Chapter One BIO 137
Popular in Anatomy & Physiology I
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This 14 page Class Notes was uploaded by Destiny Van Metre on Friday August 26, 2016. The Class Notes belongs to BIO 137 at West Kentucky Community and Technical College taught by Esmarie Boyles in Fall 2016. Since its upload, it has received 6 views. For similar materials see Anatomy & Physiology I in Biology at West Kentucky Community and Technical College.
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Date Created: 08/26/16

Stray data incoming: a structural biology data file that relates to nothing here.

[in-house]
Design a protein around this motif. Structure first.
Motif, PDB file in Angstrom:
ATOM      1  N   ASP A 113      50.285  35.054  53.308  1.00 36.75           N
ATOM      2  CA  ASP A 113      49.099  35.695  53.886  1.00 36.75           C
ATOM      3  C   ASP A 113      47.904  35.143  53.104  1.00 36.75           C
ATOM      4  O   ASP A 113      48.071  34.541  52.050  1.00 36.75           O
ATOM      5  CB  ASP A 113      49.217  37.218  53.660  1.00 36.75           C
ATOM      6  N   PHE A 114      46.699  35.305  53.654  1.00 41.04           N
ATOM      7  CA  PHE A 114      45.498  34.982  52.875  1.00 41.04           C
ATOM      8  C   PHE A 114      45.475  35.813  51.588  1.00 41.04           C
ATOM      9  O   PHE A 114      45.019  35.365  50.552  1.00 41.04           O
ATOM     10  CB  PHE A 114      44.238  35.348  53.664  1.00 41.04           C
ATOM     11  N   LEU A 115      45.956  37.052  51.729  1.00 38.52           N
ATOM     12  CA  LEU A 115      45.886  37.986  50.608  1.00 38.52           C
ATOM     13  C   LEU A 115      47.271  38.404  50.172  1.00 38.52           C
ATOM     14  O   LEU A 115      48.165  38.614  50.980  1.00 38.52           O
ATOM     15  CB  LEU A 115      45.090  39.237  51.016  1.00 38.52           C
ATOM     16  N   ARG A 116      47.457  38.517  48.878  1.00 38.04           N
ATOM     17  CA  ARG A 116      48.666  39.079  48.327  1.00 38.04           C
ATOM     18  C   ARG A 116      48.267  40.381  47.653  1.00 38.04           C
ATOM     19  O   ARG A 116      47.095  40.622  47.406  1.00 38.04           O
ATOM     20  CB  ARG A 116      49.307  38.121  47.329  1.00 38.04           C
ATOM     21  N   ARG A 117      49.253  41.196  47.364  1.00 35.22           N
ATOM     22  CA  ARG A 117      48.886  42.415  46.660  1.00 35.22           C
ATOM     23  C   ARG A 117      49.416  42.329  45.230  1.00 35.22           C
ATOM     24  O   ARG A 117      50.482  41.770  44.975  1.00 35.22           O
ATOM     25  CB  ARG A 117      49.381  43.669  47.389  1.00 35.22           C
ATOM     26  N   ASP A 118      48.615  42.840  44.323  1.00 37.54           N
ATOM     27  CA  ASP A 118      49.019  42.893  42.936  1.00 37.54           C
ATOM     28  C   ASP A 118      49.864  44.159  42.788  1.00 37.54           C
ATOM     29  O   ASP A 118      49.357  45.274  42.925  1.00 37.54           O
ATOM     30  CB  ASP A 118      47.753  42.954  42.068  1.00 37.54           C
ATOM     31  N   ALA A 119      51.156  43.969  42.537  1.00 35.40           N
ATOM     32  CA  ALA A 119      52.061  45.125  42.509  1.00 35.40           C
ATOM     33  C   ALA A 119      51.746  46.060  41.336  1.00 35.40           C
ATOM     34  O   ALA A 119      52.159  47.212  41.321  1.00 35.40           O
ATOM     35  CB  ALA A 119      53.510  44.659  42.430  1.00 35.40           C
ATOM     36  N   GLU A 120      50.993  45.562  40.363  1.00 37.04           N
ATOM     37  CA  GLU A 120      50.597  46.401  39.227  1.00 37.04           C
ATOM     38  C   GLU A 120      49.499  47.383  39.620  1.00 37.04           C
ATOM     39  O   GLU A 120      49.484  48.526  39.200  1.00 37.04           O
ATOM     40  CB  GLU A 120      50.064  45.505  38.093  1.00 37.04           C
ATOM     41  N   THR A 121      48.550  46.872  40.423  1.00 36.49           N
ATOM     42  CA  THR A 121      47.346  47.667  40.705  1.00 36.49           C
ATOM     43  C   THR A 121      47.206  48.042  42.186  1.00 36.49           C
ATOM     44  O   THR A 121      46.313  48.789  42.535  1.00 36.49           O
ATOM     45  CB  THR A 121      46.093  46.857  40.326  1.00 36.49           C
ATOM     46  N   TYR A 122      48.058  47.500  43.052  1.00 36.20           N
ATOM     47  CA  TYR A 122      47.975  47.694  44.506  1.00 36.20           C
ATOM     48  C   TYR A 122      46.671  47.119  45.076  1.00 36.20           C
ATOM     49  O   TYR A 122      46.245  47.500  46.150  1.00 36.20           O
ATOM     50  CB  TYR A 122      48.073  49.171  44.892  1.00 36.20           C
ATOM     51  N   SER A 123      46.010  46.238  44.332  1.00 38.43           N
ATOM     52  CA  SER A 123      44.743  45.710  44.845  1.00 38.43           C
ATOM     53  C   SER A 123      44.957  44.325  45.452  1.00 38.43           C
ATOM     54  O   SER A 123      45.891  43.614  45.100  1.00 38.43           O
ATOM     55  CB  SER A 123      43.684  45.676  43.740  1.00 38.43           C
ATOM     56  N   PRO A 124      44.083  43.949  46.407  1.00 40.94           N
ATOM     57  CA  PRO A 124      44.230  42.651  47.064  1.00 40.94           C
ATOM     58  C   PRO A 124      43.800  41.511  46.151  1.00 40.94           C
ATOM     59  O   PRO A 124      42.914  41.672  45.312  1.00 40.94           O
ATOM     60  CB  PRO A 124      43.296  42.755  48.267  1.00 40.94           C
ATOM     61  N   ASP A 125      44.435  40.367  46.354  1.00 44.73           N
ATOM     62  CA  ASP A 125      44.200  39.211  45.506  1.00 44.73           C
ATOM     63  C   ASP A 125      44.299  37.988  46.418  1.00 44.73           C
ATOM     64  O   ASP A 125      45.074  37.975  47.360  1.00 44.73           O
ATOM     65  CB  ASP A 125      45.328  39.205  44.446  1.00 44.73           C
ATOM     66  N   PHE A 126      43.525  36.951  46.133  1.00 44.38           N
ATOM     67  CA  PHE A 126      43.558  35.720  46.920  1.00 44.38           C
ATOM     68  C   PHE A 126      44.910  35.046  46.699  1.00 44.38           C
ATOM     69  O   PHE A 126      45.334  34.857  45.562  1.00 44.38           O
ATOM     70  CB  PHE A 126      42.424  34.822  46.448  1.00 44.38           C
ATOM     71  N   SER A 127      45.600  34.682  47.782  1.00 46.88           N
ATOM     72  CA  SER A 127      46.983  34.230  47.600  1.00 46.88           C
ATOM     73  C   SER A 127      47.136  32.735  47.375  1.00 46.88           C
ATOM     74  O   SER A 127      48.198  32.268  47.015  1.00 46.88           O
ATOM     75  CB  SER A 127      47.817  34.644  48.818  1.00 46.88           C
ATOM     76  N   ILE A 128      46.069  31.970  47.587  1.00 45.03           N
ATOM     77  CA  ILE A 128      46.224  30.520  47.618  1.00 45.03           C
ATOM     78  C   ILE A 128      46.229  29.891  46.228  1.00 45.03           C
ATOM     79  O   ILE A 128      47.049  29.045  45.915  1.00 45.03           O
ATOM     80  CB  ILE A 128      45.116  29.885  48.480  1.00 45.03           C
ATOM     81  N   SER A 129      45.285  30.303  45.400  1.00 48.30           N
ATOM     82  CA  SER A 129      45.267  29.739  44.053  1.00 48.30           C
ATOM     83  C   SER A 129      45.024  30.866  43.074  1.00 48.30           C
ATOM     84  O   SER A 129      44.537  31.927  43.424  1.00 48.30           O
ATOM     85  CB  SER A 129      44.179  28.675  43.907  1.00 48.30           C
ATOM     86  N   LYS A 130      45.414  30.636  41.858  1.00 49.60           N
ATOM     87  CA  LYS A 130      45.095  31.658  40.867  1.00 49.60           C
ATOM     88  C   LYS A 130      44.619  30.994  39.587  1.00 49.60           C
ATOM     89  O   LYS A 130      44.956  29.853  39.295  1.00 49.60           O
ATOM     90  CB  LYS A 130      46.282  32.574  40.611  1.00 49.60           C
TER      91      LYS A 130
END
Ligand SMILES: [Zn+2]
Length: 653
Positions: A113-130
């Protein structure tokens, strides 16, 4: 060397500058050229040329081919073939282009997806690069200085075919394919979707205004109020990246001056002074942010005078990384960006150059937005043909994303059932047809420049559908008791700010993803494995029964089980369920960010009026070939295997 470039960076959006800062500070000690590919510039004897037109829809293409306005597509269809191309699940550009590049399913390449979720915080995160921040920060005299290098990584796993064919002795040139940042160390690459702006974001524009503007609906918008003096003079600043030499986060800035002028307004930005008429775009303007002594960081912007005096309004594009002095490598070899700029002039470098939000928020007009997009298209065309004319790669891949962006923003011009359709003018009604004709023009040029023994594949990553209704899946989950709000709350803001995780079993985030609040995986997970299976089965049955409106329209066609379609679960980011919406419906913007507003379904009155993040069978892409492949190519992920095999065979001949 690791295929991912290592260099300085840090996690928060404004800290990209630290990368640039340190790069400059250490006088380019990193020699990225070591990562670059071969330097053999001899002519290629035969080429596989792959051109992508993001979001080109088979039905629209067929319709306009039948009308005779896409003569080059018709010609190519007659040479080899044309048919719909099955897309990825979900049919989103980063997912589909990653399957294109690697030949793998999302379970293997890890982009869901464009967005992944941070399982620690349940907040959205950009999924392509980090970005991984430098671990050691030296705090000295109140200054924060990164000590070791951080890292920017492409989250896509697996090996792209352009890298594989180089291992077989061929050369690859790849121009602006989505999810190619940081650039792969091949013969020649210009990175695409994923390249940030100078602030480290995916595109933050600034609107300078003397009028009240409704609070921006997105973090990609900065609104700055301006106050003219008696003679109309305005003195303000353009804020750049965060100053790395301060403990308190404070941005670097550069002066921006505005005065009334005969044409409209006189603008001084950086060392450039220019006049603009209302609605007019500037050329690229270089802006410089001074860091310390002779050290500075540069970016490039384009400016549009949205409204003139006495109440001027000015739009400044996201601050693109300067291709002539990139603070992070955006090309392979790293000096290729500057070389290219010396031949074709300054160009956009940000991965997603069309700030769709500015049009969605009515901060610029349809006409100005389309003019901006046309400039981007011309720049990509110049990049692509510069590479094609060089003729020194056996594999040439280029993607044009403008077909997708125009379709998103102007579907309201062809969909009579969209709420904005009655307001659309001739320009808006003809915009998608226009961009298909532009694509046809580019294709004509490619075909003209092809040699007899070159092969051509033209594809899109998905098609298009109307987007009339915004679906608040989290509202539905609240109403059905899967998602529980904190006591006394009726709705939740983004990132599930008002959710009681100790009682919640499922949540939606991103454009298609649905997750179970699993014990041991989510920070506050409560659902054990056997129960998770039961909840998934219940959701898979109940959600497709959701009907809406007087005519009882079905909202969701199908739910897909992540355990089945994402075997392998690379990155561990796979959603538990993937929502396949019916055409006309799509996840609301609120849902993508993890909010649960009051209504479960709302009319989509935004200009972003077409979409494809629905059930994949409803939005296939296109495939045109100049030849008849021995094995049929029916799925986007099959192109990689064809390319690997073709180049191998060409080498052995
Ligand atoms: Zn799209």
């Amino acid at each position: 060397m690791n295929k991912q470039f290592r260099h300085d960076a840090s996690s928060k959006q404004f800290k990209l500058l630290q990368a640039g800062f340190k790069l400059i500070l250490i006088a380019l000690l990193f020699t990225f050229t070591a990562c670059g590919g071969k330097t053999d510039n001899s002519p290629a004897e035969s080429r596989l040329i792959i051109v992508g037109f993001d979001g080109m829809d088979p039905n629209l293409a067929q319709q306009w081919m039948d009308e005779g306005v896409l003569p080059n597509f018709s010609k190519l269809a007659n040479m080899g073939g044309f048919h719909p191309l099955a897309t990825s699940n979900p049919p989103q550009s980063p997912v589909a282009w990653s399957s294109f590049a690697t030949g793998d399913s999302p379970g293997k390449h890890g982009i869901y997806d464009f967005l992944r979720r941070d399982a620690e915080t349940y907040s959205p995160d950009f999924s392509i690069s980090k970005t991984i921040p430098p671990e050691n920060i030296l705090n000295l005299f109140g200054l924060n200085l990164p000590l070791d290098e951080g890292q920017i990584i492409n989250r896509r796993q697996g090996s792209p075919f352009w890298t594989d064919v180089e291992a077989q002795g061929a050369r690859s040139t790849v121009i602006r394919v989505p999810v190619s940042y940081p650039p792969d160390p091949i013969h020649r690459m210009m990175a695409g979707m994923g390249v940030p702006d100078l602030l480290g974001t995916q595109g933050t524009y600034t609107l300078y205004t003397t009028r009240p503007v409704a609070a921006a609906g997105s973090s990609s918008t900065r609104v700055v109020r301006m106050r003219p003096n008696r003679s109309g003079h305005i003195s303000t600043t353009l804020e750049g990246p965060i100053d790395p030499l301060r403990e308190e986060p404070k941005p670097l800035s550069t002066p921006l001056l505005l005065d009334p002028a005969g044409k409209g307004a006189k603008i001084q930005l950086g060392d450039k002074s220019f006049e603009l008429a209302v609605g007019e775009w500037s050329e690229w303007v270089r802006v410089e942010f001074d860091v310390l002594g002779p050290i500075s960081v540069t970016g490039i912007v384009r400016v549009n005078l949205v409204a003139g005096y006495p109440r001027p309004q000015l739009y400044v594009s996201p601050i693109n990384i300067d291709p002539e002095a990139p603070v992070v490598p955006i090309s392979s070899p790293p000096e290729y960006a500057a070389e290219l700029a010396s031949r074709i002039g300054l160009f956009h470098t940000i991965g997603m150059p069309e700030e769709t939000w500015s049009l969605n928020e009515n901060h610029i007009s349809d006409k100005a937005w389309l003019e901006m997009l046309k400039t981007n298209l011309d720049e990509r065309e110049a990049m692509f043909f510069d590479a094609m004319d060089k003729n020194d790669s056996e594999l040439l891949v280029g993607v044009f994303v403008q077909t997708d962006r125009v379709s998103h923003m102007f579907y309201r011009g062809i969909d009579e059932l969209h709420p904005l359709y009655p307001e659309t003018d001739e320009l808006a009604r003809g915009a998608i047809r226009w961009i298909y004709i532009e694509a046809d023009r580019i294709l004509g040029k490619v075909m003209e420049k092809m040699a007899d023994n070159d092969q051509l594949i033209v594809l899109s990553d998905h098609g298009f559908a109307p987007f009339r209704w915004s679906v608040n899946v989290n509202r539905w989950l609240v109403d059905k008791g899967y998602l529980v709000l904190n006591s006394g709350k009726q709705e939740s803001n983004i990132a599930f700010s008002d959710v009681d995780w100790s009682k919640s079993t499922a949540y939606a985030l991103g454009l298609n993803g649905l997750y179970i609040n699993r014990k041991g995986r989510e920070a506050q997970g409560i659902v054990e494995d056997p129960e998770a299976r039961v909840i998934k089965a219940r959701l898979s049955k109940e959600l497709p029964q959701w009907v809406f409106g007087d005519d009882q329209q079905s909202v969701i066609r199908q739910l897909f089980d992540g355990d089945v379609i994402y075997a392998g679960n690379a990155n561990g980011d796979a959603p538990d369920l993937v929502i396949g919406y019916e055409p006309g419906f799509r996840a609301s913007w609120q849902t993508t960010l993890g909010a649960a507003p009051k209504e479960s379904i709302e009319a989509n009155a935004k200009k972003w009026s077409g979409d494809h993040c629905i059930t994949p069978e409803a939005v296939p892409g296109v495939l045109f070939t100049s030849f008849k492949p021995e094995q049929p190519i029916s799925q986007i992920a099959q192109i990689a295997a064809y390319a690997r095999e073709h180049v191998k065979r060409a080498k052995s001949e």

1.1 Anatomy and Physiology Compared Anatomy is the “study of structure and form” Anatomy is derived from “anatome” to cut apart or dissect. Anatomists are “scientists who study the structure and form of organisms” They examine the relationships among parts of the body as well as the structure of individual organs Physiology is “the study of function of the body parts” They are the scientists who examine how organs and body systems functions under normal circumstances and what medication/disease do to these organs/body systems Ex. studying blood capillaries (smallest blood vessels) an anatomist may describe the composition of the thin wall whereas, the physiologist will explain how the thin wall promotes gas and nutrient exchanged between the blood within the capillary and the tissue outside of the capillary Scientific Method • Examine natural events through observation • Develop hypothesis • Experiment/Test the hypothesis through the collection of data • Determine if the data supports the hypothesis Microscopic anatomy “examines structures that cannot be seen by the unaided eye.” two main divisions: cytology & histology Cytology (cyto= cell) (logos=study) the study of body cells and their internal structures Histology (histos=web, tissue) is the study of tissues Gross anatomy (macroscopic anatomy) “investigates the structure and relationships of body parts that are visible to the unaided eye” can be approached several ways Systemic anatomy: studies the anatomy of each functional body system ex. the urinary system would involve examining the kidneys and the organs of urine transport (ureters and urethra) and storage (urinary bladder) Regional anatomy: examines all of the structures in a particular region of the body as a complete unit ex. Axillary (armpit) region would include examining the blood vessels (axillary artery and vein), nerves, lymph nodes, musculature, connective tissue, and the skin Surface anatomy: focuses on both superficial anatomic markings and the internal body structures that relate to the skin covering them Comparative anatomy: examines similarities and the differences in the anatomy of different species ex. examining limb structure in humans, chimps, dogs, and cats Embryology (embryon=young one): discipline concerned w/ developmental changes occurring from conception to birth Pathologic anatomy (pathos=disease): examines anatomic changes resulting from disease (both gross anatomic changes and microscopic changes are examined) Radiographic anatomy: investigates the relationships among internal structures that may be visualized by scanning procedures (sonogram, MRI, xray) Anatomy is a dynamic, changing science. 1.1b Physiology: Details of Function Physiologists examine the function of various organ systems, typically focusing on the molecular or cellular level. Physiology is also divided like anatomysuch as: Cardiovascular physiology: examines the functioning of the heart, blood vessels, and blood ex. how the heart pumps the blood, parameters for healthy BP, details of the cellular exchange mechanisms Neurophysiology (which examines how nerve impulses travel throughout the nervous system) Respiratory physiology (which studies how respiratory gases are transferred by gas exchanged btwn the lungs & the blood vessels) Reproductive physiology (which explores how the regulation of reproductive hormones can drive the reproductive cycle and influence sex cell production and maturation) Pathophysiology “investigates the relationship btwn the functioning of an organ system & disease/injury to that organ system. ex. examining how blood pressure, contracile force of the heart, and gas/nutrient exchange may be affected in an individual affected w/ heart disease 1.2 Anatomy and Physiology Integrated One must have an understanding of the anatomic form of an organ to fully understand the function. The sciences are interdependent. 1.3 The Body's Levels of Organization All living organisms: • have organization • have a metabolism (metabole=change) defined as the sum of all of the chemical rxn that occur w/in the body • (metabolism consists of both anabolism [in which small molecules are joined to form larger molecules] and catabolism [in which large molecules are broken down into smaller molecules]) • experience growth & developmental • exhibit responsiveness to stimuli • have some sort of internal regulation [organism must be able to adjust/direct internal bodily function in the face of environmental chances~ homeostasis) • Reproduction 1.3.b The View from Simplest to Most Complex Chemical > Cellular > Tissue > Organs > Organ systems> Organism Chemical [involves atoms and molecules] • atoms are the smallest units of matter that exhibit the characteristics of an element • when two or more compare they form a molecule • more complex molecules are called macromolecules • these macromolecules form subunits in cells called organelles Cellular [consists of cells, which are the smallest living structures and serve as the basic units of structure and function in an organism] – are formed from the atoms and molecules from the chemical level ^^^ Tissue level (consist of tissues, which are groups of similar cells that perform common functions) 4 major types of tissue: epithelial, connective, muscle, nervous Epithelial= covers exposed surfaces and lines body cavities Connective = protects, supports, and binds structures and organs Muscle = produces movement Nervous = conducts nerve impulses for communication Organ (is composed of organs, which contain two or more tissue types that work together to perform specific, complex functions) ex. small intestine Organ System (contains related organs that work together to coordinate activities and achieve a common function) ex. digestive system [including oral cavity, stomach, small/large intestines, liver] Highest level of organization in the body would be the organismal level all body systems function interdependently in an organism 1.3c Introduction to Organ Systems *11 organ systems • integumentary: provides protection, regulates body temperature, site of cutaneous receptors and some glands, synthesizes vitamin D, prevents water loss organs include: skin & associated glands, hair, toenails • skeletal: provides support and protection, site of hemopoiesis (blood cell production), stores calcium and phosphorus, provides sites for muscle attachments organs include: skull, sternum, rib, cartilage, upper limb bones, vertebrae, sacrum, lower limb bones, knee joints • muscular: produces body movement, generates heat when muscles contract organs include: pectoralis major muscle, aponeurosis, tendons, sartorius muscle • nervous system: a regulatory system that controls muscles and some glands and responds to sensory stimuli. Also responsible for consciousness, intelligence, and memory. organs include: sense organ (eye), central nervous system (CNS), brain, spinal cord, peripheral nervous system (PNS), peripheral nerves • endocrine: consists of glands and cell cluster that secrete hormones, which regulate development, growth and metabolism; maintain homeostasis of blood composition and volume, control digestive processes, and control reproduction. organs include: hypothalamus, pineal gland, pituitary gland, thyroid gland, thymus, adrenal glands, pancreas, kidney, testes (male) • cardiovascular: consists of the heart and blood vessels; the heart moves blood through blood vessels in order to distribute hormones, nutrients, gases, and pick up waste products organs include: heart & blood vessels • lymphatic: transports and filters lymph (interstitial fluid transported through lymph vessels) and participates in an immune response when necessary organs include: tonsils, cervical lymph nodes, thymus, axillary (armpit) lymph nodes, thoracic (thorax) duct, spleen, inguinal (groin) lymph nodes, popliteal (knee) lymph nodes, lymph vessels • respiratory: responsible for exchange of gases (oxygen and co2) btwn blood & the air in the lungs organs include: nasal cavity, nose, pharynx (throat), trachea, larynx (voice box), bronchi, lungs • urinary: filters the blood to remove waste products and biologically active molecules, concentrates waste products in the form of urine, and expels urine from the body organs include: kidneys, ureter, urinary bladder, urethra • digestive: mechanically and chemically digests food materials, absorbs nutrients, and expels waste products (feces) organs include: salivary gland, oral cavity (mouth), pharynx (throat), esophagus, liver, stomach, large/small intestines • reproductive: (male): produces male sex cells (sperm) and males hormones (e.g., testosterone), transfers sperm to the female (female): produces female sex cells (oocytes) and female hormones (e.g., estrogen and progesterone), receives sperm from male, site of fertilization of oocyte, site of growth and development of embryo and fetus, produces and secretes breast milk for nourishment of newborn organs include: (male): ductus defrens, seminal vesicle, prostate gland, epididymis, urethra, testis, penis, scrotum (female): mammary glands, ovary, uterine tube, uterus, vagina, external genitalia 1.4 The Language of Anatomy and Physiology ** anatomic position = standing upright with the feet parallel and flat on the floor, the upper limbs are at the sides of the body, the palms face anteriorly (towards the front); the head is level, and the eyes look forward toward the observer 1.4b Sections and Planes “The term section implies an actual cut or slice to expose the internal anatomy, whereas the word plane implies an imaginary flat surface passing through the body. **3 major anatomic planes are coronal, transverse, and midsagittal coronal (korone=crown) is also called a frontal plane this plane is vertical and divides the body/organ into anterior (front) and posterior (back) parts. ex. when a coronal plane is taken through the trunk, the anterior portion contains the chest and the posterior portion contains the back & buttocks transverse plane (also called horizontal plane or crosssectional plane) divides the body/organ into superior (top) inferior (bottom) parts. ex. if a transverse plane is taken through the middle of the trunk, the superior portion contains the chest and the inferior portion contains the abdomen. Midsagittal (sagitta = arrow) also known as the median plane, is a vertical plane that divides the body/organ into left/right halves. ex. A midsagittal plane through the head will split it into a left half and a right half (each containing one eye, one ear, and half of the nose/mouth). A plane that is parallel to the midsagittal plane, but either to the left or right of the midsagittal plane, is termed a *sagittal plane. ex. a sagittal plane divides a structure into left/right portions that are unequal (infinite amounts possible) ** in addition to these, there are numerous minor planes called oblique planes that pass through a structure at an angle** Anatomic Directional Terms relative to front (belly side) or back of the body: *anterior= in front of; toward the front surface *posterior= in back of; toward the back surface *dorsal= at the back side of the human body *ventral=at the belly side of the human body relative to the head or bottom of the body: *superior=closer to the head *inferior=closer to the feet *cranial (cephalic)= at the head end *caudal= at the rear or tail end *rostral = toward the nose/mouth relative to the midline or center of the body: *medial= toward the midline of the body *lateral = away from the midline of the body *deep = on the inside internal to another structure *superficial= on the outside relative to point of attachment of appendage *proximal = closer to point of attachment to trunk *distal = farther away from point of attachment to trunk 1.4d Regional Anatomy Human body is partitioned into two main regions, the axial and appendicular regions. The axial region includes the head, neck, and trunk; it forms the main vertical axis of the body. The appendicular region is composed of the upper/lower limbs, which attach to the axial region. Cephalic (head) Cranial (surrounding the brain) Occipital (back of head) Auricular (ear) Frontal (forehead) Orbital (eye) Buccal (cheek) Nasal (nose) Oral (mouth) Mental (chin) Cervical (neck) Upper extremity Deltoid (shoulder) Scapular (shoulder blade) Brachial (arm) Antecubital (front of elbow) Olecranal (elbow) Antebrachial (forearm) Carpal (wrist) Dorsum of the hand Manus (hand) Palmar (palm) Digital (finger) Radial (lateral “thumb side” aspect of forearm) Ulnar (medial aspect of the forearm) Vertebral (spinal column) Thoracic Axillary (armpit) Mammary (breast) Pectoral (chest) Sternal (sternum) Abdominal (abdomen) Lumbar (lower back) Sacral Gluteal (buttock) Perineal Inguinal (groin) Pubic (anterior region of the pelvis) Pelvic Coxal (hip) Lower extremity Femoral (thigh) Patellar (kneecap) Popliteal (back of knee) Crural (leg) Sural (calf) Tibial (medial aspect of leg) Umbilical (navel) Calcaneal (heel) Plantar surface (sole) Tarsal (ankle) Dorsum of the foot Digital (toe) Pollex (thumb) Hallux (great toe) Pes (foot) 1.4e Body Cavities and Membranes **Posterior aspect of the body is different from the ventral cavity, in that the posterior aspect contains cavities that are completely encased in bone and are physically and developmentally different from the ventral cavity. The term dorsal body cavity has been used by others to describe this posterior aspect, but is not used here because of these differences btwn the ventral cavity and posterior aspect. The posterior aspect is subdivided into two enclosed cavities: the cranial cavity and the vertebral canal. The cranial cavity is formed by the bones of the cranium, and so it also goes by the name endocranium. This cavity houses the brain. The vertebral canal is formed by the bones of the vertebral column. It houses the spinal cord. The ventral cavity is the larger, anteriorly placed cavity in the body partitioned by the diaphragm into a superior thoracic cavity and an inferior abdominopelvic cavity. **significant difference btwn the posterior aspect and the ventral cavity is that the subdivisions of the ventral cavity are lines w/ thin serous membranes. (membrane is a continuous layer of cells, as compared to the plasma membrane that surrounds a single cell) ** *These serous membranes form two layers: a parietal layer that typically lines the internal surface of the body wall and (2) a visceral layer that covers the external surface of the organs (collectively called the viscera) within that cavity. Btwn the parietal and visceral serous membrane layers is a potential space called the serous cavity that serous membranes secrete serous fluid that has the consistency of oil and serves as a lubricant for all of the friction so that the organs move more smoothly against one another. • Think of a balloon. Put your fist in the middle of it. The outer balloon wall is comparable to parietal serous membranes, whereas the inner balloon wall that is touching your fist is comparable to visceral serous membranes. *Thoracic Cavitythe median space in the thoracic cavity is called the mediastinum. It contains the heart, thymus, esophagus, trachea, and major blood vessels that connect to the heart. Within the mediastinum, the heart is enclosed by a twolayered serous membrane called the serous pericardium. The parietal pericardium is the outermost layer of the serous membrane and forms the sac around the heart, whereas the visceral pericardium forms the heart's external surface. The pericardial cavity is the potential space btwn the layers that contains serous fluid. *The right/left sides of the thoracic cavity house the lungs which is associated with the twolayered serous membrane called pleura. The external surface of the lung is covered with the visceral pleura, whereas the internal surface of the thoracic cavity is lined by the parietal pleura. Abdominopelvic Cavity [abdominal + pelvic]: peritoneum is the twolayered serous membrane that lines the abdominopelvic cavity. 1.4f Abdominopelvic Regions and Quadrants Nine compartments, called abdominopelvic regions, are delineated by using two transverse planes and two sagittal planes. Umbilical (navel=center) Epigastric (above belly) region superior to umbilical region Hypogastric (under belly) region under umbilical region r/l hypochondriac lateral to epigastric regions r/l lumbar regions are lateral to the umbilical cord r/l iliac are lateral to the hypogastric region quadrants: RUQ, LUQ, RLQ, LLQ 1.5 Homeostasis: Keeping Internal Conditions Stable bodies maintain an average internal temperature of about 98.6 degrees Fahrenheit (37 degrees Celsius) size of pupil in response to light intensity entering the eye, breathing returns to normal shortly after exercise, heart rate, blood pressure, blood levels of sugar (Glucose) and oxygen are regulated and maintained w/in certain parameters. Homeostasis (homoios=similar, stasis=standing) refers to the ability of an organism to maintain consistent internal environment, or “steady state,” in response to changing internal/external conditions. 1.5a Components of Homeostatic Systems *3 components : receptor, control center, and effector Receptor: is the body structure that detects changes in a variable, which is a substance or process that is regulated. (usually consists of sensory neurons may be in the skin, internal organs, or specialized organs such as the eye, ear, tongue, or nose) A stimulus is a change in the variable (a physical/chemical factor) such as a change in light, temperature, chemicals, or stretch in muscle. ex. the retina of the eye (receptor) detects a change of light (stimulus) entering the eye. Control Center: is the structure that interprets input from the receptor and initiates changes through the effector. (can be thought of as the “go btwn” for the other two components of a homeostatic system) The control center is generally a portion of the nervous system (brain/spinal cord) or an endocrine organ (such as the thyroid gland). Homeostatic system involving the nervous system provides a relatively quick means of responding to change.** ex. regulating blood pressure when you rise from bed in the morning The endocrine system usually provides a means of a more sustained response over several hours/days through the release of hormones. ex. when the parathyroid hormone continuously regulates blood calcium levels Effector: is the structure that brings about the change to alter the stimulus. (most body structures can serve as effectors. Most common effectors are muscles and glands.) ex. smooth muscle in the walls of air passageways regulate airflow into and out of the lungs; glands, such as the pancreas, release hormones 1.5b Homeostatic Systems Regulated by Negative Feedback **Most processes in the body are controlled by negative feedback. If a homeostatic system is controlled by negative feedback, the resulting action will always be in the opposite direction of the stimulus. In this way, the variable is maintained w/in a normal level, or what is called its set point. ex. if you venture outside on a cold day, body temperature may begin to dropthis decrease in body temperature is detected by the sensory receptors of the skin, which send nerve impulses to the hypothalamus (which can also detect changes in body temp by monitoring blood temperature as it passes through this region of the brain). It compares sensory input to body temp set point, and initiates motor output responses to blood vessels in the skin to decrease the diameter of the inside opening (lumen) of the vessels, thus decreasing the amount of blood circulating to the surface of the body. As a result, less heat is released through the skin. Nerve impulses are also sent to skeletal muscles, which cause shivering, and perhaps to smooth muscle associated w/ hair follicles of the skin causing “goose bumps.” In contrast **on a hot day, the sensory receptors would send nerve impulses to the hypothalamus which would initiate motor output responses to the blood vessels making the diameter increase (so that more blood can flow through the body) so that additional blood is brought near the surface of the body for the release of heat through the skin—nerve impulses are also sent to the sweat glands to initiate sweating. Other ex include: “withdrawal reflex” in response to injury from stepping on glass or burning your hand, regulating heart rate & BP when you exercise, or changing breathing rate to an increase in CO2 levels. Endocrine system include: parathyroid gland release of parathyroid hormone in response to a decrease in blood Ca or pancreas release of insulin in response to an increase in blood glucose. 1.5c Homeostatic Systems Regulated by Positive Feedback *homeostatic system may also be controlled by positive feedback. The stimulus here is reinforced to continue in the same directions until a climactic event occurs. Following the climactic event, the body again returns to homeostasis. ** (+) feedback mechanisms occur much less frequently than () feedback mechanisms Breastfeeding is a positive feedback controlled homeostasis: suckling at the breast is the initial stimulus detected by sensory receptors in the nipples. The receptors transmit this input to the control center, the hypothalamus the hypothalamus signals the posterior pituitary to release the hormone oxytocin into the blood. Oxytocin is the “output” that is sent to the effector, which is the glandular tissue of the breast it stimulates the mammary gland to eject the breast milk. The baby feeds & cycle repeats as long as the baby suckles. Once the stimulus is removed, the cycle will stop. Other ex include: blood clotting and contractions during child birth/labor 1.6 Homeostasis, Health, and Disease *characteristics noted about homeostatic systems: they are dynamic, the control center is generally the nervous system/endocrine system, 3 components (receptor, control center, effector), typically regulated through () feedback, when these systems fail it threatens an individual's life